On Tuesday, Ed Murray announced that he will not be seeking a second term as mayor of Seattle.
Before the news broke in early April that Murray was being sued for allegedly molesting a teenager in the 1980s (which he denies), the mayor seemed politically untouchable going into his 2017 re-election bid. Murray’s approval ratings were high; his war chest filled; his first-term governing record padded by a serious list of substantive accomplishments; and his re-election endorsement list reading like a who’s-who of local and regional political actors and leadership.
Now his 20-plus-year political career appears to have come to an end. When he exits in December, Murray will leave a legacy marked by major accomplishments but tainted with scandal; a mayor who lauded consensus but managed to alienate many.
After only a year in the mayor’s office, Murray had already established himself as a progressive, pragmatic coalition builder who could get things done. While Sawant had set the terms of debate for the first few months of Murray’s administration by working Seattleites into a frenzy over a $15 an hour minimum wage, it was Murray who pushed business and labor interests to hash it out in a room together and get a legislative package before the City Council. The same year, Murray recruited a reputable new police chief (current Chief Kathleen O’Toole) after a national search; got rideshare regulations through Council; secured $54 million for parks; and backed two successful ballot initiatives: a universal pre-K program and a tax increase to stave off King County Metro cuts. Despite some initial public-relations hurdles—such as yelling at a reporter, a disgruntled former spokesperson filing a discrimination lawsuit, and attempting to give Seattle City Light’s CEO, the second-highest paid city employee, a $60,000 raise—the sky seemed to be the limit for Murray.
The following year, in 2015, the mayor created another task force composed of private and nonprofit housing developers, social-justice advocates, and neighborhood interests to come up with a comprehensive list of policy solutions to address Seattle’s housing crisis. The final product (colloquially known as the HALA recommendations) now serves as a blueprint for the city’s approach to increasing Seattle’s housing supply and bringing down sky-high rents. Murray describes it as a “grand bargain” with private developers, which mandates they either set aside rent-restricted units in new projects or pay the city money for nonprofit affordable housing.
However, one of the recommendations—specifically a call to liberalize zoning in Seattle’s single-family neighborhoods to allow denser housing construction—was leaked to the press and prompted fierce backlash from single-family neighborhood groups and activists. Murray, feeling the pressure and wanting to preserve the political longevity of the task-force report (and thus himself), rescinded his support for the changes to single-family zoning. While navigating neighborhood backlash, Murray also tried to keep Seattle’s leftist insurgency at bay, defending his compromise-based HALA recommendations against criticism from Councilmember Sawant and former Tenants Union director and current City Council candidate Jon Grant. Both said it didn’t go far enough, and advocated aggressively for rent control.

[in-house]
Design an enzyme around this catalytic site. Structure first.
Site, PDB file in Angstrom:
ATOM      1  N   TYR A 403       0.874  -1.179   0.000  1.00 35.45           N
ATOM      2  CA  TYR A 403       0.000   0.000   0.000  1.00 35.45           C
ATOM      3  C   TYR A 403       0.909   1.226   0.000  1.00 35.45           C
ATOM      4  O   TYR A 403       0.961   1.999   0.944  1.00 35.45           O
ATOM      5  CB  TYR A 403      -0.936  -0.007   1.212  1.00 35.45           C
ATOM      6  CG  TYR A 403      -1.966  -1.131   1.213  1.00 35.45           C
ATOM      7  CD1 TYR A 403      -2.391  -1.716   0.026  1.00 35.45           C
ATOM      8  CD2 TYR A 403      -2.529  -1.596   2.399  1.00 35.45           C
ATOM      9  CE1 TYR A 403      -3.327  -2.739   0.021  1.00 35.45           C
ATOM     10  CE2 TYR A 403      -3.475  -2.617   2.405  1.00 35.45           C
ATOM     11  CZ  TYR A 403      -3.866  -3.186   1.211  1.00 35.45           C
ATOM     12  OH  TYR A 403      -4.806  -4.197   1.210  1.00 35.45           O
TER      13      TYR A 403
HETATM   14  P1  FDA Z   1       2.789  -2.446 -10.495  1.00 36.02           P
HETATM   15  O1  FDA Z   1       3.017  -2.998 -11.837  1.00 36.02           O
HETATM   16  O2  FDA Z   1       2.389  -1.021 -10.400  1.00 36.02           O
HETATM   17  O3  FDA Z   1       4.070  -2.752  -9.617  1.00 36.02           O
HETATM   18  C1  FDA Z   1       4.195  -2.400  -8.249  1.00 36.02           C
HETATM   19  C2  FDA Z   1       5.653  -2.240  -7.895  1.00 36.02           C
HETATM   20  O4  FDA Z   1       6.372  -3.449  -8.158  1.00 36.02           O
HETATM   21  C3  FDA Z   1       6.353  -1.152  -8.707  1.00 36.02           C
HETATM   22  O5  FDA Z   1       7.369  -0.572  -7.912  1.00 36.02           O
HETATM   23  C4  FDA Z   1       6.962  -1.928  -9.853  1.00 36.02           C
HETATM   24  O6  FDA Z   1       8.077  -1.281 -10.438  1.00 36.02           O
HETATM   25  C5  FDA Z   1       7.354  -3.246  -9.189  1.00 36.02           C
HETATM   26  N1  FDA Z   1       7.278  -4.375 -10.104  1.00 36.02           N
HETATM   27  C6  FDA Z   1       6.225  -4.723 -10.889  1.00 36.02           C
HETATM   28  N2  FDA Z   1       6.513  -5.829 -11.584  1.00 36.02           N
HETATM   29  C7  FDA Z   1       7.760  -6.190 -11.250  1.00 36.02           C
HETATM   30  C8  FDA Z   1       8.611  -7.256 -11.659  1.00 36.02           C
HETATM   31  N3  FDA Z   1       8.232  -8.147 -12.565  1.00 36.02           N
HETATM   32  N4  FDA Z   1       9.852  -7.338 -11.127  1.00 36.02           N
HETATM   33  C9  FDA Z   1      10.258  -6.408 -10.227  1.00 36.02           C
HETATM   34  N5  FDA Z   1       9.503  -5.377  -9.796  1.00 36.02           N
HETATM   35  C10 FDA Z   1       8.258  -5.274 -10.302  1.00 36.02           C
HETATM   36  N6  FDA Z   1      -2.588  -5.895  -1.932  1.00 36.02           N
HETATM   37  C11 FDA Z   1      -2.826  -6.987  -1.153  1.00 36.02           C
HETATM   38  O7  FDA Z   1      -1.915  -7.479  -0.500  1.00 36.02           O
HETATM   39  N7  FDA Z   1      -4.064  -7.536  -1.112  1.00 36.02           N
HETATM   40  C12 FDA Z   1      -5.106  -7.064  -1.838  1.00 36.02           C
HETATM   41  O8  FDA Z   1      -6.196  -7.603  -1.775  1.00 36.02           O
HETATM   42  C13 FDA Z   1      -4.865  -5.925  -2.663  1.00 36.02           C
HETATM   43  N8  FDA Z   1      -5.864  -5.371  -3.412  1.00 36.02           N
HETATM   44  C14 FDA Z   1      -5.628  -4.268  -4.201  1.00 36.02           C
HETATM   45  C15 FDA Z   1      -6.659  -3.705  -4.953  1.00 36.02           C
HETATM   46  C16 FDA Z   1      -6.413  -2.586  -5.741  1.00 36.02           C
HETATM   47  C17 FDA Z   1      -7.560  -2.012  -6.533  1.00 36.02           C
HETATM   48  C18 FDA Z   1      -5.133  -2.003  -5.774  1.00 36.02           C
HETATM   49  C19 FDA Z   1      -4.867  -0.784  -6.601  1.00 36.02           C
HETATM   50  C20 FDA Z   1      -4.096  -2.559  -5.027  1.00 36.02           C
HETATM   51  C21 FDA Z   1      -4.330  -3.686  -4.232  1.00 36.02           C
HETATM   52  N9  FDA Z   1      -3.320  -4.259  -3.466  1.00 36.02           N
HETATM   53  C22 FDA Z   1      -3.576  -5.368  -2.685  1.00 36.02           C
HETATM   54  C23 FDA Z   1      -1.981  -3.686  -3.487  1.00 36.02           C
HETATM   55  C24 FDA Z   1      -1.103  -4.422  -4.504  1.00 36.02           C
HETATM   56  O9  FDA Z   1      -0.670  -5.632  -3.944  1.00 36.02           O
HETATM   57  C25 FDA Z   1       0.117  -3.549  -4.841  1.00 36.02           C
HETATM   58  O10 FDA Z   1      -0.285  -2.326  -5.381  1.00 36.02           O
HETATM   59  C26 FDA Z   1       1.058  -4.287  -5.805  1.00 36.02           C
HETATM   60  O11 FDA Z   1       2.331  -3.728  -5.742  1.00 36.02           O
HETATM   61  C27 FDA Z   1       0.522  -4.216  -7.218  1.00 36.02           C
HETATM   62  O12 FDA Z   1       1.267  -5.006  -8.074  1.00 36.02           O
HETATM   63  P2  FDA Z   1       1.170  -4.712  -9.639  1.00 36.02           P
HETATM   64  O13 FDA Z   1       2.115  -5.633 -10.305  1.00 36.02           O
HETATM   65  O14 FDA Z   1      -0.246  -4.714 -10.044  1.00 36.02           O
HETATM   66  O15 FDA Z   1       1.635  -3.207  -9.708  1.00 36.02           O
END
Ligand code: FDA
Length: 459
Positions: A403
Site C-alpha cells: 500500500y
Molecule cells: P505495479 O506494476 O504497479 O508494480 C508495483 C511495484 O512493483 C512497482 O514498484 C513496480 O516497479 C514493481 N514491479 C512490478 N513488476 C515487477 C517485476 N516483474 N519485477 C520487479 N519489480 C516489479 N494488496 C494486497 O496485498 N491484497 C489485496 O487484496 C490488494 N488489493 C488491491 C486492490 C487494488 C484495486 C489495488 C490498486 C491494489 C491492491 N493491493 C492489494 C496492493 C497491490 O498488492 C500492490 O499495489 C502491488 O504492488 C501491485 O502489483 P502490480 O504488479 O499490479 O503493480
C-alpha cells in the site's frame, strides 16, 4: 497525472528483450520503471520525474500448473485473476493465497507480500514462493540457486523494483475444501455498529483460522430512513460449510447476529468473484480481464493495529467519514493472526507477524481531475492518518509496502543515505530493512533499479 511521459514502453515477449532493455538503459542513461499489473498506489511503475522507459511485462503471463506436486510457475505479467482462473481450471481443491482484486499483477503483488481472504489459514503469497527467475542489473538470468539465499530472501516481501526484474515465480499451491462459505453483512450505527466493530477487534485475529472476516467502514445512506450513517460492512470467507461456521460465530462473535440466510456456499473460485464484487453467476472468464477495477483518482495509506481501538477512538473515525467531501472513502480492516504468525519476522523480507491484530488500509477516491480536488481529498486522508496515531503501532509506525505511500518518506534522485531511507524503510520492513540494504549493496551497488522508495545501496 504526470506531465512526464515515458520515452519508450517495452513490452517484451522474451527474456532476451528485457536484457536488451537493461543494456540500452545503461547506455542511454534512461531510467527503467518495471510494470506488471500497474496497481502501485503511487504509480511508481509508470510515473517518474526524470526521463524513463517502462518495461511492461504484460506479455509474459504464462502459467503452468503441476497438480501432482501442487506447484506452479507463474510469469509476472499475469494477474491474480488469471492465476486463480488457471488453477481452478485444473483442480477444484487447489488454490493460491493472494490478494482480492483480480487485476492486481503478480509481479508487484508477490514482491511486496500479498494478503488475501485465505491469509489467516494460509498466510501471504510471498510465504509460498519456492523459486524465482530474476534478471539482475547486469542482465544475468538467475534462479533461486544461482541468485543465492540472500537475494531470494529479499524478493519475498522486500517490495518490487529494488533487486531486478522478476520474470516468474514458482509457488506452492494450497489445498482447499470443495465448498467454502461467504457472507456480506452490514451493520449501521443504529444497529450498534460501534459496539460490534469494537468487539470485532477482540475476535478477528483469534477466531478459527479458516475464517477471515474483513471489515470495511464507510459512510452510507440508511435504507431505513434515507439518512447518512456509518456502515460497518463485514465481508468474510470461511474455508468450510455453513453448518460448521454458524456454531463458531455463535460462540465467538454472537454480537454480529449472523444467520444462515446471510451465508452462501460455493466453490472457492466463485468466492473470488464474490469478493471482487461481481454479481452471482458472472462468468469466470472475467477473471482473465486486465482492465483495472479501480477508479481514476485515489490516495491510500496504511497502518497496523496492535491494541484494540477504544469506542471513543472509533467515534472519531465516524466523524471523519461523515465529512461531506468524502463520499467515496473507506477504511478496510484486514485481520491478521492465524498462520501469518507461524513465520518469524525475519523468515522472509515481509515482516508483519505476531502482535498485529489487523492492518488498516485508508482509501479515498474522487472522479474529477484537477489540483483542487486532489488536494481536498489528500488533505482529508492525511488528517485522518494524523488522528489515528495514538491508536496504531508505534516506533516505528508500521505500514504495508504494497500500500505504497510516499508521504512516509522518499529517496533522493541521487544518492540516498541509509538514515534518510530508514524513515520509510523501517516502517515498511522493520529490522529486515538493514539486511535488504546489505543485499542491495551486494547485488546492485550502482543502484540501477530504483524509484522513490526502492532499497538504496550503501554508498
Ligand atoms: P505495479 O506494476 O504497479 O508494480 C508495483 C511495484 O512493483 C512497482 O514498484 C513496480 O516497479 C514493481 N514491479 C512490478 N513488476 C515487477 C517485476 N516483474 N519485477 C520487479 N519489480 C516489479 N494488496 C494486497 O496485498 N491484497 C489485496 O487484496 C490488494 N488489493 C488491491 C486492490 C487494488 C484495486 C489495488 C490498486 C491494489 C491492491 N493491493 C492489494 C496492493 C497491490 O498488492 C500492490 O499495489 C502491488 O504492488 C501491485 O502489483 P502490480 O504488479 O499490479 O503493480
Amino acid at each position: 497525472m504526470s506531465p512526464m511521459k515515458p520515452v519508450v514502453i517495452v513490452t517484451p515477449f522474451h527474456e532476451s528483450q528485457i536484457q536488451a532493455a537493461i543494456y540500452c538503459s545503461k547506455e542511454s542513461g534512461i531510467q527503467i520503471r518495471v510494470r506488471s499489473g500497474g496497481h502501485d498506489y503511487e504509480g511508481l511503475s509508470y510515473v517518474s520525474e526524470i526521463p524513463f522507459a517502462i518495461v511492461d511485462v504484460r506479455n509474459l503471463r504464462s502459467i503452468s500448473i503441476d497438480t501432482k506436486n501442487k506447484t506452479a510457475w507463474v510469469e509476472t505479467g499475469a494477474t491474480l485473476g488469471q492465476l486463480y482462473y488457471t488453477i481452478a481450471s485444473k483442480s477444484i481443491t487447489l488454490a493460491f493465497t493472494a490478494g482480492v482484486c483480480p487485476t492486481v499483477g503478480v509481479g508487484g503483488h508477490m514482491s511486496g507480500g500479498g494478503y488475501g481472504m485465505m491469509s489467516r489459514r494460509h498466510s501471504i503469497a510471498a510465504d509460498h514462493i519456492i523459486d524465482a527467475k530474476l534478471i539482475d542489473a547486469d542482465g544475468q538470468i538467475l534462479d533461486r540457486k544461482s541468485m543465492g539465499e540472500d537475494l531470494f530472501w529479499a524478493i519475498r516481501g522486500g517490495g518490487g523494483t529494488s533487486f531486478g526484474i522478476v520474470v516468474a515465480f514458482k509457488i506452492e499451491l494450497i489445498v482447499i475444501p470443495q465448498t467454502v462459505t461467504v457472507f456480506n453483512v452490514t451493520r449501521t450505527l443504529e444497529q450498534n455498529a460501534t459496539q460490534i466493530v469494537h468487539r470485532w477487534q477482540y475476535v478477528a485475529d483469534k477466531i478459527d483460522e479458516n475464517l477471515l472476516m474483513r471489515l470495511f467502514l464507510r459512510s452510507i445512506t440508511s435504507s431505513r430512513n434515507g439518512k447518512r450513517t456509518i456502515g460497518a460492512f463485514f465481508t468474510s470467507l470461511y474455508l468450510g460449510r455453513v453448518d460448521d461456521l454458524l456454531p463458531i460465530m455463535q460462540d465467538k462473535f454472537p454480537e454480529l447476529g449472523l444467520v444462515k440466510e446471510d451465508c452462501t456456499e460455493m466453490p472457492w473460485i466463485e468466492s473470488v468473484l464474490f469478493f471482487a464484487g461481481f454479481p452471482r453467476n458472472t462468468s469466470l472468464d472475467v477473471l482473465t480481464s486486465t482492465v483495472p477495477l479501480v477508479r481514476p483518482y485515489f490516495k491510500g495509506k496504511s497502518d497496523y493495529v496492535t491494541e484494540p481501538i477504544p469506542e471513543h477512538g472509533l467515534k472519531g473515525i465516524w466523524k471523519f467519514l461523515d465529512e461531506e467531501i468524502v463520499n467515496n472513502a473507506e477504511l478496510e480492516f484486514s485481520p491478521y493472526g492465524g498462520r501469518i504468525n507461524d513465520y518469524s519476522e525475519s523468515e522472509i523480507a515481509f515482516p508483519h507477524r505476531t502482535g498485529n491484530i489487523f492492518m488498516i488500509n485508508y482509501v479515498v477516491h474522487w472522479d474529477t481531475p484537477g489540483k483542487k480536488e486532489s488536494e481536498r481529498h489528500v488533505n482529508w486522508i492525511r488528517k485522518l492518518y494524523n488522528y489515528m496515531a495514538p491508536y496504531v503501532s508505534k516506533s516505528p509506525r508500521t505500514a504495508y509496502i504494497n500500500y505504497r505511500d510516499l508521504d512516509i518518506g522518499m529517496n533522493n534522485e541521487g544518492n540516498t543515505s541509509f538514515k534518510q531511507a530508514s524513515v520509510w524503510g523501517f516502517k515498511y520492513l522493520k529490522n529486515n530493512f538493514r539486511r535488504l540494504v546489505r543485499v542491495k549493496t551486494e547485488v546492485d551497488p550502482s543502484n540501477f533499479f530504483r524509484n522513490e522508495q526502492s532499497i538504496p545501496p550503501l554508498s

In Olympia, Murray could posture as a full-blooded progressive while also working across the aisle. But as mayor, he’s had an anxious and difficult time proving his lefty credentials to Seattle voters, particularly the activist far left that Sawant embodies. In early August 2015, Murray was quoted as saying “After everything I’ve accomplished for this city, I’m still ‘the man.’ ” (At the same time, the press got wind of high staff turnover in Murray’s office, feeding into another narrative that the mayor’s well-known temper and policy ambitions made for a hostile and demanding work environment.)
he end of 2015 was also when Murray declared a civil emergency in response to Seattle’s growing homelessness crisis. Murray simultaneously preached compassion for the homeles and escalated forced evictions of unauthorized homeless encampments around the city, playing a long game of whack-a-mole with Seattle’s lowest class.
It was a middle-of-the-road tack that left all sides furious: Homeless advocates slammed his sweeps as inhumane and ineffective, and groups such as the Neighborhood Safety Alliance claimed Murray was letting Seattle fall into needle-strewn chaos.
In 2016, Murray rallied developers, business, and social-justice and labor interests around the renewal and expansion of the housing levy (a property-tax levy that funds nonprofit housing projects around the city) as well Sound Transit 3, the tax levy needed to complete the regional light-rail network. Murray also helped pass secure scheduling into law, against protests from business interests.
Without the sex-abuse allegations, it’s likely that Murray would have won re-election easily. But with multiple accusers and growing discontent over both the allegations and how Murray has responded to them, the pressure on the mayor to step aside has grown and grown.
Until Tuesday. At Alki Bathhouse, near his childhood home, Murray announced that he will finish his term as mayor but is dropping his re-election bid. “The mayor’s race must be focused on [city] issues, not on a scandal, which it would remain focused on if I remained in this race,” he said. Consequently, “I am withdrawing as a candidate for mayor.”
Emphasizing his innocence and thanking his husband and supporters, Murray was visibly emotional during the farewell. He ended with a quotation from former Senator Daniel Patrick Moynihan, who like Murray was ethnically Irish: “To be Irish is to know that the world will break your heart. We thought we had a little more time.”